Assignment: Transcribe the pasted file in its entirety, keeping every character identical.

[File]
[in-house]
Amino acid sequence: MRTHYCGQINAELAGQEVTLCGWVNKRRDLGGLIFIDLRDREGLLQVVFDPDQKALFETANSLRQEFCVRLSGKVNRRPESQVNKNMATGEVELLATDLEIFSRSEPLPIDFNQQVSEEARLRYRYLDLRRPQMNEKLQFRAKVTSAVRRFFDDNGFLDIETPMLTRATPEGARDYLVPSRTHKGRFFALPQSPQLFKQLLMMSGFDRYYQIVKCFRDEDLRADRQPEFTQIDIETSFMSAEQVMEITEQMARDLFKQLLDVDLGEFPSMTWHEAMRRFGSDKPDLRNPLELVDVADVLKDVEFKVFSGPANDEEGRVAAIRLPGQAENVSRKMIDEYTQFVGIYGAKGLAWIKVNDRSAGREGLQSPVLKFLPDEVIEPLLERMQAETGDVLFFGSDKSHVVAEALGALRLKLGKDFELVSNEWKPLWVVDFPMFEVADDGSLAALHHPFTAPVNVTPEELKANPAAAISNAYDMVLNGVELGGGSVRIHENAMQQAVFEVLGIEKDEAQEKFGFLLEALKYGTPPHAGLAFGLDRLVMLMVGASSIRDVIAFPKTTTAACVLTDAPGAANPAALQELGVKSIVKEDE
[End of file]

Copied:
[in-house]
Amino acid sequence: MRTHYCGQINAELAGQEVTLCGWVNKRRDLGGLIFIDLRDREGLLQVVFDPDQKALFETANSLRQEFCVRLSGKVNRRPESQVNKNMATGEVELLATDLEIFSRSEPLPIDFNQQVSEEARLRYRYLDLRRPQMNEKLQFRAKVTSAVRRFFDDNGFLDIETPMLTRATPEGARDYLVPSRTHKGRFFALPQSPQLFKQLLMMSGFDRYYQIVKCFRDEDLRADRQPEFTQIDIETSFMSAEQVMEITEQMARDLFKQLLDVDLGEFPSMTWHEAMRRFGSDKPDLRNPLELVDVADVLKDVEFKVFSGPANDEEGRVAAIRLPGQAENVSRKMIDEYTQFVGIYGAKGLAWIKVNDRSAGREGLQSPVLKFLPDEVIEPLLERMQAETGDVLFFGSDKSHVVAEALGALRLKLGKDFELVSNEWKPLWVVDFPMFEVADDGSLAALHHPFTAPVNVTPEELKANPAAAISNAYDMVLNGVELGGGSVRIHENAMQQAVFEVLGIEKDEAQEKFGFLLEALKYGTPPHAGLAFGLDRLVMLMVGASSIRDVIAFPKTTTAACVLTDAPGAANPAALQELGVKSIVKEDE